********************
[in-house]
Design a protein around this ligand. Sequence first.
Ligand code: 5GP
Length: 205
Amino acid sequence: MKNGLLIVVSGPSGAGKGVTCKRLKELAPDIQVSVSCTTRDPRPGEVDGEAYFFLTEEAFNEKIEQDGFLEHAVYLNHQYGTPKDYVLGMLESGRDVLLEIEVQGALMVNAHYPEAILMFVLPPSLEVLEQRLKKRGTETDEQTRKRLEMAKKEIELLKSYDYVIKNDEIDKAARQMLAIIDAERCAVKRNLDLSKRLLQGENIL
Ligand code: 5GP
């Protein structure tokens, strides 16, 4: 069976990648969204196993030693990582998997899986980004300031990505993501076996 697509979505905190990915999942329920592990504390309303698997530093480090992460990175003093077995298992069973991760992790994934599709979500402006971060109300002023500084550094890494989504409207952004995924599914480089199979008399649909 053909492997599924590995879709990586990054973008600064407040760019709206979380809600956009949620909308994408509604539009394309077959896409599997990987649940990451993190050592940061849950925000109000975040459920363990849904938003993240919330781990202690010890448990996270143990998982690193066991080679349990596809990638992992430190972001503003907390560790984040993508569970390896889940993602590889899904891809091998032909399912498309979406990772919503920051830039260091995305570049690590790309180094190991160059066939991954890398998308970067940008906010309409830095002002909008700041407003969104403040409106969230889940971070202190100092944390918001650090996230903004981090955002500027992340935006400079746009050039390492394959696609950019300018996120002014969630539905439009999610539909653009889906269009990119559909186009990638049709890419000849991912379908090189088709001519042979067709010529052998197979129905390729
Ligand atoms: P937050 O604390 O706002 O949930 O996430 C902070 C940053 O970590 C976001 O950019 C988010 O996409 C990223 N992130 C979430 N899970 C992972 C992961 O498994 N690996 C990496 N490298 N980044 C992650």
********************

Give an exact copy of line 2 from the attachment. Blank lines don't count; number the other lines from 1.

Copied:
Design a protein around this ligand. Sequence first.